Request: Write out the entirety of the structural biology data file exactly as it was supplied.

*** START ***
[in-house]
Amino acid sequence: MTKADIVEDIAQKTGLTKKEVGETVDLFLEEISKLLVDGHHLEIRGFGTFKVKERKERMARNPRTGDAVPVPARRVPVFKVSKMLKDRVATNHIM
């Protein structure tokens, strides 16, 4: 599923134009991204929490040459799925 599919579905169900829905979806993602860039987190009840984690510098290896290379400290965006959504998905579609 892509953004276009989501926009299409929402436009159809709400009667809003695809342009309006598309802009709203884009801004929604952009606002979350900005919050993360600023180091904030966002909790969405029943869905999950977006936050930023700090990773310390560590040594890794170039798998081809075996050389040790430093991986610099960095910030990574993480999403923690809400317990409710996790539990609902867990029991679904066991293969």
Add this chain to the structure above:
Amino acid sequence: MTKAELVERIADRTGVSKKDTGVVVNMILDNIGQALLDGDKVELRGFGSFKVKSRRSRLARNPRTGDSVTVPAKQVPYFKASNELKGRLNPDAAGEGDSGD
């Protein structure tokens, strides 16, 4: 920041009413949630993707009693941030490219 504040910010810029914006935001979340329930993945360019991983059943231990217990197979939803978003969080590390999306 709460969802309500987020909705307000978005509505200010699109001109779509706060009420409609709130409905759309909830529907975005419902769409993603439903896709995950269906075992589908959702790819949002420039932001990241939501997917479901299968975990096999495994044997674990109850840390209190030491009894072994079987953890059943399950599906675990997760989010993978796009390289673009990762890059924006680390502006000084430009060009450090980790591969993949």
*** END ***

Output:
[in-house]
Amino acid sequence: MTKADIVEDIAQKTGLTKKEVGETVDLFLEEISKLLVDGHHLEIRGFGTFKVKERKERMARNPRTGDAVPVPARRVPVFKVSKMLKDRVATNHIM
């Protein structure tokens, strides 16, 4: 599923134009991204929490040459799925 599919579905169900829905979806993602860039987190009840984690510098290896290379400290965006959504998905579609 892509953004276009989501926009299409929402436009159809709400009667809003695809342009309006598309802009709203884009801004929604952009606002979350900005919050993360600023180091904030966002909790969405029943869905999950977006936050930023700090990773310390560590040594890794170039798998081809075996050389040790430093991986610099960095910030990574993480999403923690809400317990409710996790539990609902867990029991679904066991293969």
Add this chain to the structure above:
Amino acid sequence: MTKAELVERIADRTGVSKKDTGVVVNMILDNIGQALLDGDKVELRGFGSFKVKSRRSRLARNPRTGDSVTVPAKQVPYFKASNELKGRLNPDAAGEGDSGD
């Protein structure tokens, strides 16, 4: 920041009413949630993707009693941030490219 504040910010810029914006935001979340329930993945360019991983059943231990217990197979939803978003969080590390999306 709460969802309500987020909705307000978005509505200010699109001109779509706060009420409609709130409905759309909830529907975005419902769409993603439903896709995950269906075992589908959702790819949002420039932001990241939501997917479901299968975990096999495994044997674990109850840390209190030491009894072994079987953890059943399950599906675990997760989010993978796009390289673009990762890059924006680390502006000084430009060009450090980790591969993949």